Solid Axles Could Be Coming to the Ford Bronco

Steph Willems
by Steph Willems

In a galvanized country shaken to its core by the looming reintroduction of the Ford Bronco, word comes of a component that could bring off-road prowess to every driveway in the union.

The solid axle.

Ford, which recently announced the official return of the storied 4×4, has reportedly handed over axle duties to Dana, noted supplier of beams to the Jeep Wrangler.

Automotive News reports that the supplier was announced during an investor presentation earlier this month. Dana claims that the upcoming Bronco, along with the U.S.-bound Ranger, will feature “front and rear axles featuring our latest AdvanTEK gear technology.”

When speaking of the near-mythical SUV, Ford executives have used words designed to stir the imaginations of off-road enthusiasts — Chairman Bill Ford called it a “true, tough Bronco” — implying Wrangler-fighting capabilities. Looking for an on-road softy? Pick up an Escape, Flex, Explorer, Expedition or Edge, buddy.

Still, Dana’s involvement in the 2020 Bronco doesn’t eliminate the possibility of an independent front suspension. First, the supplier hasn’t specified exactly what axle will appear on the Bronco. As well, Dana’s solid axles aren’t the sole domain of its AdvanTEK gear technology. Some independent setups have it, too.

Just to deflate the anticipation balloon a little more, Jalopnik notes that the 2019 Ranger — a midsize pickup based on the overseas T6 Ranger — does not contain a front beam-type axle. The Bronco will be based on the Ranger. Sad trombone.

Whether or not the Bronco materializes with solid axles front and rear remains to be seen, but we do know that Ford will allow something close to al fresco motoring. The automaker is expected to outfit the model with an “Air Roof” system of removable panels. The fresh air could help dry those tears.

Steph Willems
Steph Willems

More by Steph Willems

Join the conversation
3 of 43 comments
  • Hgrunt Hgrunt on Jan 25, 2017

    I ask this out of pure ignorance, but what is the significance of having (or not having) solid axles on the Bronco, other than tapping into the impression that it can off-road better if it has solid front axles?

    • Big Al from Oz Big Al from Oz on Jan 25, 2017

      Hgrunt, The fact is IFS and IRS is the best option in all driving situation, whether on road or off. A live axle is the cheapest option to provide greater wheel travel/articulation. It's not the best but it is the cheapest. Live axles off road also creates issues with clearance as the diffs sit lower to the ground and can hit or the vehicle sits on the diff with both wheels off the ground. Driving through mud a live axle impedes traction by acting like a bulldozer. Independent suspension allows the wheels to sit on the surface flatter. This means a greater footprint of tread is available. Independent suspensions has the diff sitting higher off the ground allowing better under vehicle clearance. Independent suspension desigbed for off road use is a lot more expensive. Control arms need to be much longer than on road design. So, IFS/IRS is the best, but expensive. Live/solid axles are the cheapest and does the job.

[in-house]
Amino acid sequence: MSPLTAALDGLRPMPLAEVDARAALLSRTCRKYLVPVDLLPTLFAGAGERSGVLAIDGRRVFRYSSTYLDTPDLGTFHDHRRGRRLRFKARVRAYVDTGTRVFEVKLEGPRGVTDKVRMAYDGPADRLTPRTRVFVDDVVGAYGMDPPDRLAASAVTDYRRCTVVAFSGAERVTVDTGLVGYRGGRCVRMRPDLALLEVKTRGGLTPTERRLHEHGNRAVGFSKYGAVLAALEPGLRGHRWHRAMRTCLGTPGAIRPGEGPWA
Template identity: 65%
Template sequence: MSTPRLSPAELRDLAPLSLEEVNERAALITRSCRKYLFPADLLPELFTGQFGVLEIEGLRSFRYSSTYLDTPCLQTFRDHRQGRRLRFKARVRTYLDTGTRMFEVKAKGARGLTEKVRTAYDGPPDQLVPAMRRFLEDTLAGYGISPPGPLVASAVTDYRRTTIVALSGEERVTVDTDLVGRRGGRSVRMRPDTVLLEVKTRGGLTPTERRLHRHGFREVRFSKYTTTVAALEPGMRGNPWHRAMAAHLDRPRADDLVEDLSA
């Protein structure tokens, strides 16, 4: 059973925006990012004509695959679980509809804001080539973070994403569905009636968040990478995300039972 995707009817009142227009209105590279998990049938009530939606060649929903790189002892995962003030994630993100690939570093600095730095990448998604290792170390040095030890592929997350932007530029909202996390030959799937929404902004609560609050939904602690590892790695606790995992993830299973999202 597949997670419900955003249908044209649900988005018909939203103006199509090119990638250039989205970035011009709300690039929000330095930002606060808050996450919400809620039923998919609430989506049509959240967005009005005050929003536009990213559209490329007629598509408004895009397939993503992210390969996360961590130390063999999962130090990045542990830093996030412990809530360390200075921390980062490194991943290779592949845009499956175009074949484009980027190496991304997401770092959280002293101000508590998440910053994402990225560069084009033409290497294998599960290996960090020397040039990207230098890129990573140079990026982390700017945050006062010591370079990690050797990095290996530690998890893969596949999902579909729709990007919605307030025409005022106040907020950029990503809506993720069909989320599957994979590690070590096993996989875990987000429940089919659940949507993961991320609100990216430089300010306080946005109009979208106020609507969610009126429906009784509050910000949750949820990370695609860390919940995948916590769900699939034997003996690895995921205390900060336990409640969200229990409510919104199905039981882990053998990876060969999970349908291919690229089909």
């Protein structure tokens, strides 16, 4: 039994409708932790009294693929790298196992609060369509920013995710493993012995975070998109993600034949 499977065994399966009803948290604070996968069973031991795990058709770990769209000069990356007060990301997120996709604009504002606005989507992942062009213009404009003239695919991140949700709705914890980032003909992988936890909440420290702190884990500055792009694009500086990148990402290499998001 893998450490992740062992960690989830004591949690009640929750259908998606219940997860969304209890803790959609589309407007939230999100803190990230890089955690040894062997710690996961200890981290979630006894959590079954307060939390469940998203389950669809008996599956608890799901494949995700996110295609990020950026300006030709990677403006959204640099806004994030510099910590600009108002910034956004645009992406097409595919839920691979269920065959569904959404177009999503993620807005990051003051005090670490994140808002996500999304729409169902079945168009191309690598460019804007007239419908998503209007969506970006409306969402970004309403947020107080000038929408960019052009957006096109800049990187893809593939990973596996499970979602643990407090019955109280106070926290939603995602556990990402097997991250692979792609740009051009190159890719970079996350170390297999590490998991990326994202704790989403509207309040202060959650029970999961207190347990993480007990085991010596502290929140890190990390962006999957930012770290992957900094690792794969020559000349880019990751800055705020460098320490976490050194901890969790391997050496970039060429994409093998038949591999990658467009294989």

• DenverMike DenverMike on Jan 25, 2017

    @hgrunt - As opposed to riding partly on the sidewalls in certain off-road situations, solid axles keep the tires perpendicular to terrain, much better than independents, especially with a "sway bar disconnect" feature, allowing even more articulation and therefore, improve downforce, as opposed to having a wheel up in the air.

  • Irvingklaws Was a must have for my wife's new car. After years of windshield mounts, trying to keep the sun off the phone, wires running across the dash,'s been a welcome upgrade. Don't have it in my current (old) car, just a stock stereo with the aforementioned windshield phone mount and wires...which is fine enough for me. But if I upgrade the radio with an aftermarket unit, the first thing I'm looking for, after separate volume and tuning KNOBS, is Carplay. Note, I've yet to find an aftermarket head unit meeting these basic qualifications. The infotainment in my '17 GTI had both of these and was near perfect, I'd be happy with that unit in any car.
  • Haze3 Near must have... car guy make car, software guy make software THAT I CAN USE EVERYWHERE and not just on some specific brand of truck/car/suv.
  • Wolfwagen If there is no Rust or rot this would be a good buy when MB craftsmanship and engineering meant something. While I prefer the 500 or 560 for the larger engine, this is good
  • Wolfwagen Tim, Now you should ask the B&B who we want to succeed and why. You could limit it to EV or non- North American MFGs.
  • TCowner I consider it mandatory for the navigation purpose - using a phone in a Weathertech cupholder in my old Town Car just doesn't compare. However, I don't use it for anything else (i.e. music, etc) and don't find that important.